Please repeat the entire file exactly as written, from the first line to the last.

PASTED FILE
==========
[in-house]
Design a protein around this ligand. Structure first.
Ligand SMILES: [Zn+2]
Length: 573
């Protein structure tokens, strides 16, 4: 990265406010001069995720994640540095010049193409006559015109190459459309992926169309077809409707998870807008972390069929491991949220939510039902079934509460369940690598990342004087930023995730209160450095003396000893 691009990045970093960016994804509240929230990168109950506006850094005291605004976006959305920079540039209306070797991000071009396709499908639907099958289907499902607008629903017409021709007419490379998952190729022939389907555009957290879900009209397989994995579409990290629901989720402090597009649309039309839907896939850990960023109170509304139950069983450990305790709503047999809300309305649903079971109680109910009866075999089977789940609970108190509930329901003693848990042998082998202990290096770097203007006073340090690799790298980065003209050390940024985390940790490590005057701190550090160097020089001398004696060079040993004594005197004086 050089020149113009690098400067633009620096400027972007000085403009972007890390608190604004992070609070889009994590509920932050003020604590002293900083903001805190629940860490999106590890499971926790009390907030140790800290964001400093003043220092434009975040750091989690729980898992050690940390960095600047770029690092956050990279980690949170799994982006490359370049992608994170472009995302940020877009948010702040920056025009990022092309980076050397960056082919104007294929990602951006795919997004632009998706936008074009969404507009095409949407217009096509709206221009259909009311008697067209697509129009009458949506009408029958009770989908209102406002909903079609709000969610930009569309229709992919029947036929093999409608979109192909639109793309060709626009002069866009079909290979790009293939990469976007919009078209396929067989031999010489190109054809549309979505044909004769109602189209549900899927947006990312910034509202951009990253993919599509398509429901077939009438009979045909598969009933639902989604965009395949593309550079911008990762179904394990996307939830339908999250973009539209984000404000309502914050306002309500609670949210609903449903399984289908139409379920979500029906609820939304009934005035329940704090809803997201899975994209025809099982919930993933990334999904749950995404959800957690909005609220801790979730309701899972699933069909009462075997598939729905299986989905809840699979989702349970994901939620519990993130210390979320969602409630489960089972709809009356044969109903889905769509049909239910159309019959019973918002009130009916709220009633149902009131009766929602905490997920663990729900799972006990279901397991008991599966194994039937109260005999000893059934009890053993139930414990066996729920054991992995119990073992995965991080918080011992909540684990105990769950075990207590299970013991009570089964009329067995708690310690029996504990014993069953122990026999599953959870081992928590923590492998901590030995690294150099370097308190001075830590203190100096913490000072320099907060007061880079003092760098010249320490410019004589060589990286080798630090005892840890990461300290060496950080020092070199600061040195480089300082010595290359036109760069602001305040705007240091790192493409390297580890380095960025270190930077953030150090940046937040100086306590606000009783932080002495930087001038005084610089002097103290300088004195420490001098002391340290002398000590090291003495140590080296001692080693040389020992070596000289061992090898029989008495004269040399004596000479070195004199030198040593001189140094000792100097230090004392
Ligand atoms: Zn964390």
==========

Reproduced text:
[in-house]
Design a protein around this ligand. Structure first.
Ligand SMILES: [Zn+2]
Length: 573
């Protein structure tokens, strides 16, 4: 990265406010001069995720994640540095010049193409006559015109190459459309992926169309077809409707998870807008972390069929491991949220939510039902079934509460369940690598990342004087930023995730209160450095003396000893 691009990045970093960016994804509240929230990168109950506006850094005291605004976006959305920079540039209306070797991000071009396709499908639907099958289907499902607008629903017409021709007419490379998952190729022939389907555009957290879900009209397989994995579409990290629901989720402090597009649309039309839907896939850990960023109170509304139950069983450990305790709503047999809300309305649903079971109680109910009866075999089977789940609970108190509930329901003693848990042998082998202990290096770097203007006073340090690799790298980065003209050390940024985390940790490590005057701190550090160097020089001398004696060079040993004594005197004086 050089020149113009690098400067633009620096400027972007000085403009972007890390608190604004992070609070889009994590509920932050003020604590002293900083903001805190629940860490999106590890499971926790009390907030140790800290964001400093003043220092434009975040750091989690729980898992050690940390960095600047770029690092956050990279980690949170799994982006490359370049992608994170472009995302940020877009948010702040920056025009990022092309980076050397960056082919104007294929990602951006795919997004632009998706936008074009969404507009095409949407217009096509709206221009259909009311008697067209697509129009009458949506009408029958009770989908209102406002909903079609709000969610930009569309229709992919029947036929093999409608979109192909639109793309060709626009002069866009079909290979790009293939990469976007919009078209396929067989031999010489190109054809549309979505044909004769109602189209549900899927947006990312910034509202951009990253993919599509398509429901077939009438009979045909598969009933639902989604965009395949593309550079911008990762179904394990996307939830339908999250973009539209984000404000309502914050306002309500609670949210609903449903399984289908139409379920979500029906609820939304009934005035329940704090809803997201899975994209025809099982919930993933990334999904749950995404959800957690909005609220801790979730309701899972699933069909009462075997598939729905299986989905809840699979989702349970994901939620519990993130210390979320969602409630489960089972709809009356044969109903889905769509049909239910159309019959019973918002009130009916709220009633149902009131009766929602905490997920663990729900799972006990279901397991008991599966194994039937109260005999000893059934009890053993139930414990066996729920054991992995119990073992995965991080918080011992909540684990105990769950075990207590299970013991009570089964009329067995708690310690029996504990014993069953122990026999599953959870081992928590923590492998901590030995690294150099370097308190001075830590203190100096913490000072320099907060007061880079003092760098010249320490410019004589060589990286080798630090005892840890990461300290060496950080020092070199600061040195480089300082010595290359036109760069602001305040705007240091790192493409390297580890380095960025270190930077953030150090940046937040100086306590606000009783932080002495930087001038005084610089002097103290300088004195420490001098002391340290002398000590090291003495140590080296001692080693040389020992070596000289061992090898029989008495004269040399004596000479070195004199030198040593001189140094000792100097230090004392
Ligand atoms: Zn964390």